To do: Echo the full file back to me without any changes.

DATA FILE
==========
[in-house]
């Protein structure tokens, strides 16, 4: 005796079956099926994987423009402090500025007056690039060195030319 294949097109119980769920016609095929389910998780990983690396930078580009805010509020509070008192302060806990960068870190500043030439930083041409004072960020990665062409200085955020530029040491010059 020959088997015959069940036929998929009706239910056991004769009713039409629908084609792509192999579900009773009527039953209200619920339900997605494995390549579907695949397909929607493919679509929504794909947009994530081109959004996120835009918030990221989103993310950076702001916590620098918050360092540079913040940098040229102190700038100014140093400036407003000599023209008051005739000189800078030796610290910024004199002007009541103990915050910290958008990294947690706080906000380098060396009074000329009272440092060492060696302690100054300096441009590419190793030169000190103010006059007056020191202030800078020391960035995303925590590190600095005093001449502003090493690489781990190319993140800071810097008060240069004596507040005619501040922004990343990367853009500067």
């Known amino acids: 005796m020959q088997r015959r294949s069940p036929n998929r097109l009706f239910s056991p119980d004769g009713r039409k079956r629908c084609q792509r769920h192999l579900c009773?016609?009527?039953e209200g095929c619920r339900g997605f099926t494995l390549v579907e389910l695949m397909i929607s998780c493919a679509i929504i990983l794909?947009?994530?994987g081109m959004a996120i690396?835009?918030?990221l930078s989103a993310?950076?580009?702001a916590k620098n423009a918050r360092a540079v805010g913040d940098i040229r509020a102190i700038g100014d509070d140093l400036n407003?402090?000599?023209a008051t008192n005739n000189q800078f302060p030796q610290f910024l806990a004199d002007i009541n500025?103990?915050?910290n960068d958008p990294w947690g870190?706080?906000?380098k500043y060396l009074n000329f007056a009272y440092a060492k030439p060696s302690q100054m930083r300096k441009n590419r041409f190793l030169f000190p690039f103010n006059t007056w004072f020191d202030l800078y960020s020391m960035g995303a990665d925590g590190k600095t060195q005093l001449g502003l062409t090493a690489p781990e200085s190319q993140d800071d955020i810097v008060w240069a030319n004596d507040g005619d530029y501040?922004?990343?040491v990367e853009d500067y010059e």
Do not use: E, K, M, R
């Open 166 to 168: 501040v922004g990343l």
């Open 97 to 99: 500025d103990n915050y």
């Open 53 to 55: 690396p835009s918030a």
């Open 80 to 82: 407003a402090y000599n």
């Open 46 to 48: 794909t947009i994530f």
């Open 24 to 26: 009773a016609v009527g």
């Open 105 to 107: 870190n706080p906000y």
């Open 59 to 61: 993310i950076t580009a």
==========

[in-house]
């Protein structure tokens, strides 16, 4: 005796079956099926994987423009402090500025007056690039060195030319 294949097109119980769920016609095929389910998780990983690396930078580009805010509020509070008192302060806990960068870190500043030439930083041409004072960020990665062409200085955020530029040491010059 020959088997015959069940036929998929009706239910056991004769009713039409629908084609792509192999579900009773009527039953209200619920339900997605494995390549579907695949397909929607493919679509929504794909947009994530081109959004996120835009918030990221989103993310950076702001916590620098918050360092540079913040940098040229102190700038100014140093400036407003000599023209008051005739000189800078030796610290910024004199002007009541103990915050910290958008990294947690706080906000380098060396009074000329009272440092060492060696302690100054300096441009590419190793030169000190103010006059007056020191202030800078020391960035995303925590590190600095005093001449502003090493690489781990190319993140800071810097008060240069004596507040005619501040922004990343990367853009500067």
């Known amino acids: 005796m020959q088997r015959r294949s069940p036929n998929r097109l009706f239910s056991p119980d004769g009713r039409k079956r629908c084609q792509r769920h192999l579900c009773?016609?009527?039953e209200g095929c619920r339900g997605f099926t494995l390549v579907e389910l695949m397909i929607s998780c493919a679509i929504i990983l794909?947009?994530?994987g081109m959004a996120i690396?835009?918030?990221l930078s989103a993310?950076?580009?702001a916590k620098n423009a918050r360092a540079v805010g913040d940098i040229r509020a102190i700038g100014d509070d140093l400036n407003?402090?000599?023209a008051t008192n005739n000189q800078f302060p030796q610290f910024l806990a004199d002007i009541n500025?103990?915050?910290n960068d958008p990294w947690g870190?706080?906000?380098k500043y060396l009074n000329f007056a009272y440092a060492k030439p060696s302690q100054m930083r300096k441009n590419r041409f190793l030169f000190p690039f103010n006059t007056w004072f020191d202030l800078y960020s020391m960035g995303a990665d925590g590190k600095t060195q005093l001449g502003l062409t090493a690489p781990e200085s190319q993140d800071d955020i810097v008060w240069a030319n004596d507040g005619d530029y501040?922004?990343?040491v990367e853009d500067y010059e």
Do not use: E, K, M, R
């Open 166 to 168: 501040v922004g990343l």
């Open 97 to 99: 500025d103990n915050y």
């Open 53 to 55: 690396p835009s918030a």
């Open 80 to 82: 407003a402090y000599n």
């Open 46 to 48: 794909t947009i994530f």
């Open 24 to 26: 009773a016609v009527g």
């Open 105 to 107: 870190n706080p906000y």
């Open 59 to 61: 993310i950076t580009a």